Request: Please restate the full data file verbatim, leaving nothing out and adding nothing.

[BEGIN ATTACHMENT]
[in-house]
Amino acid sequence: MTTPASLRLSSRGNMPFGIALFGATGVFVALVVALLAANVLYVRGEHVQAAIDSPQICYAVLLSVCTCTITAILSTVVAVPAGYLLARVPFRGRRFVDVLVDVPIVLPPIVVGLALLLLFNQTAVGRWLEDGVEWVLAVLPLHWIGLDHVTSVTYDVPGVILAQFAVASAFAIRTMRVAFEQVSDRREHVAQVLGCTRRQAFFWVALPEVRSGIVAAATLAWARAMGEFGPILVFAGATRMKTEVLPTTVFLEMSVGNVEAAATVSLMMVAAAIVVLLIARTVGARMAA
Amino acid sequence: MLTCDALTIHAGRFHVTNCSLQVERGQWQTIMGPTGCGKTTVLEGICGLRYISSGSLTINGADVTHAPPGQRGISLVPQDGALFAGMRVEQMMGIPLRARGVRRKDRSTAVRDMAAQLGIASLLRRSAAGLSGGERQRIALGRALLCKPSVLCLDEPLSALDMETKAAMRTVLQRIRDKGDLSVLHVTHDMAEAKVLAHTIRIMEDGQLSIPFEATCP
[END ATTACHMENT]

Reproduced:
[in-house]
Amino acid sequence: MTTPASLRLSSRGNMPFGIALFGATGVFVALVVALLAANVLYVRGEHVQAAIDSPQICYAVLLSVCTCTITAILSTVVAVPAGYLLARVPFRGRRFVDVLVDVPIVLPPIVVGLALLLLFNQTAVGRWLEDGVEWVLAVLPLHWIGLDHVTSVTYDVPGVILAQFAVASAFAIRTMRVAFEQVSDRREHVAQVLGCTRRQAFFWVALPEVRSGIVAAATLAWARAMGEFGPILVFAGATRMKTEVLPTTVFLEMSVGNVEAAATVSLMMVAAAIVVLLIARTVGARMAA
Amino acid sequence: MLTCDALTIHAGRFHVTNCSLQVERGQWQTIMGPTGCGKTTVLEGICGLRYISSGSLTINGADVTHAPPGQRGISLVPQDGALFAGMRVEQMMGIPLRARGVRRKDRSTAVRDMAAQLGIASLLRRSAAGLSGGERQRIALGRALLCKPSVLCLDEPLSALDMETKAAMRTVLQRIRDKGDLSVLHVTHDMAEAKVLAHTIRIMEDGQLSIPFEATCP